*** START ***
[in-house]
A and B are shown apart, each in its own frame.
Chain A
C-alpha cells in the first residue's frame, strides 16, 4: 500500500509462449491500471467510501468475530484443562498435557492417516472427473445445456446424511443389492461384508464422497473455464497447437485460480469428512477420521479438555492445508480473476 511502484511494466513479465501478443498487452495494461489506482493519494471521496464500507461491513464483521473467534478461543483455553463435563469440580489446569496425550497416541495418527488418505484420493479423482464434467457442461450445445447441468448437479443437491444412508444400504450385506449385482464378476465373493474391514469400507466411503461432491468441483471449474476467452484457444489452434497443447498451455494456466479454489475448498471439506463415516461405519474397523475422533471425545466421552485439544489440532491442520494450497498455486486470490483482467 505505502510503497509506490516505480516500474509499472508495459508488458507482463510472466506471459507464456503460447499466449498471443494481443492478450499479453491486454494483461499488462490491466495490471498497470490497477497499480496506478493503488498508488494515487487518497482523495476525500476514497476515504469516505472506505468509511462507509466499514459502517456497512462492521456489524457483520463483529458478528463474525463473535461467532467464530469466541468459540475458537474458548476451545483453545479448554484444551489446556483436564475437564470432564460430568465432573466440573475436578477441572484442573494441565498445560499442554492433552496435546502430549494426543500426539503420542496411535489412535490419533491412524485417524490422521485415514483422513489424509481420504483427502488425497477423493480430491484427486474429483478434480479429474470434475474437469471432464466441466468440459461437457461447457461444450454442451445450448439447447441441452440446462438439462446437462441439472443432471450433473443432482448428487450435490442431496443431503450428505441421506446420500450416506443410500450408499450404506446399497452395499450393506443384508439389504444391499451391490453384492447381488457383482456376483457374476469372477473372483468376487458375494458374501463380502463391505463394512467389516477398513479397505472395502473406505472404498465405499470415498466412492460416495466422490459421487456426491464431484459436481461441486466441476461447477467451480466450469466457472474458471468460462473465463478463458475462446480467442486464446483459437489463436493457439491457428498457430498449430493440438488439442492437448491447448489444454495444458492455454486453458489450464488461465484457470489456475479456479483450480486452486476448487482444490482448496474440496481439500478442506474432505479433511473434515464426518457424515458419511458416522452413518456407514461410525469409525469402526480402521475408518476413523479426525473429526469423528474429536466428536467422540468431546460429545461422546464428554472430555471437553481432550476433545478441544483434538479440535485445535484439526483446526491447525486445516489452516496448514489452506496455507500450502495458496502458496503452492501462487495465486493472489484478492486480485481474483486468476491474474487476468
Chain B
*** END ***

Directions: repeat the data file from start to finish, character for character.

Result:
[in-house]
A and B are shown apart, each in its own frame.
Chain A
C-alpha cells in the first residue's frame, strides 16, 4: 500500500509462449491500471467510501468475530484443562498435557492417516472427473445445456446424511443389492461384508464422497473455464497447437485460480469428512477420521479438555492445508480473476 511502484511494466513479465501478443498487452495494461489506482493519494471521496464500507461491513464483521473467534478461543483455553463435563469440580489446569496425550497416541495418527488418505484420493479423482464434467457442461450445445447441468448437479443437491444412508444400504450385506449385482464378476465373493474391514469400507466411503461432491468441483471449474476467452484457444489452434497443447498451455494456466479454489475448498471439506463415516461405519474397523475422533471425545466421552485439544489440532491442520494450497498455486486470490483482467 505505502510503497509506490516505480516500474509499472508495459508488458507482463510472466506471459507464456503460447499466449498471443494481443492478450499479453491486454494483461499488462490491466495490471498497470490497477497499480496506478493503488498508488494515487487518497482523495476525500476514497476515504469516505472506505468509511462507509466499514459502517456497512462492521456489524457483520463483529458478528463474525463473535461467532467464530469466541468459540475458537474458548476451545483453545479448554484444551489446556483436564475437564470432564460430568465432573466440573475436578477441572484442573494441565498445560499442554492433552496435546502430549494426543500426539503420542496411535489412535490419533491412524485417524490422521485415514483422513489424509481420504483427502488425497477423493480430491484427486474429483478434480479429474470434475474437469471432464466441466468440459461437457461447457461444450454442451445450448439447447441441452440446462438439462446437462441439472443432471450433473443432482448428487450435490442431496443431503450428505441421506446420500450416506443410500450408499450404506446399497452395499450393506443384508439389504444391499451391490453384492447381488457383482456376483457374476469372477473372483468376487458375494458374501463380502463391505463394512467389516477398513479397505472395502473406505472404498465405499470415498466412492460416495466422490459421487456426491464431484459436481461441486466441476461447477467451480466450469466457472474458471468460462473465463478463458475462446480467442486464446483459437489463436493457439491457428498457430498449430493440438488439442492437448491447448489444454495444458492455454486453458489450464488461465484457470489456475479456479483450480486452486476448487482444490482448496474440496481439500478442506474432505479433511473434515464426518457424515458419511458416522452413518456407514461410525469409525469402526480402521475408518476413523479426525473429526469423528474429536466428536467422540468431546460429545461422546464428554472430555471437553481432550476433545478441544483434538479440535485445535484439526483446526491447525486445516489452516496448514489452506496455507500450502495458496502458496503452492501462487495465486493472489484478492486480485481474483486468476491474474487476468
Chain B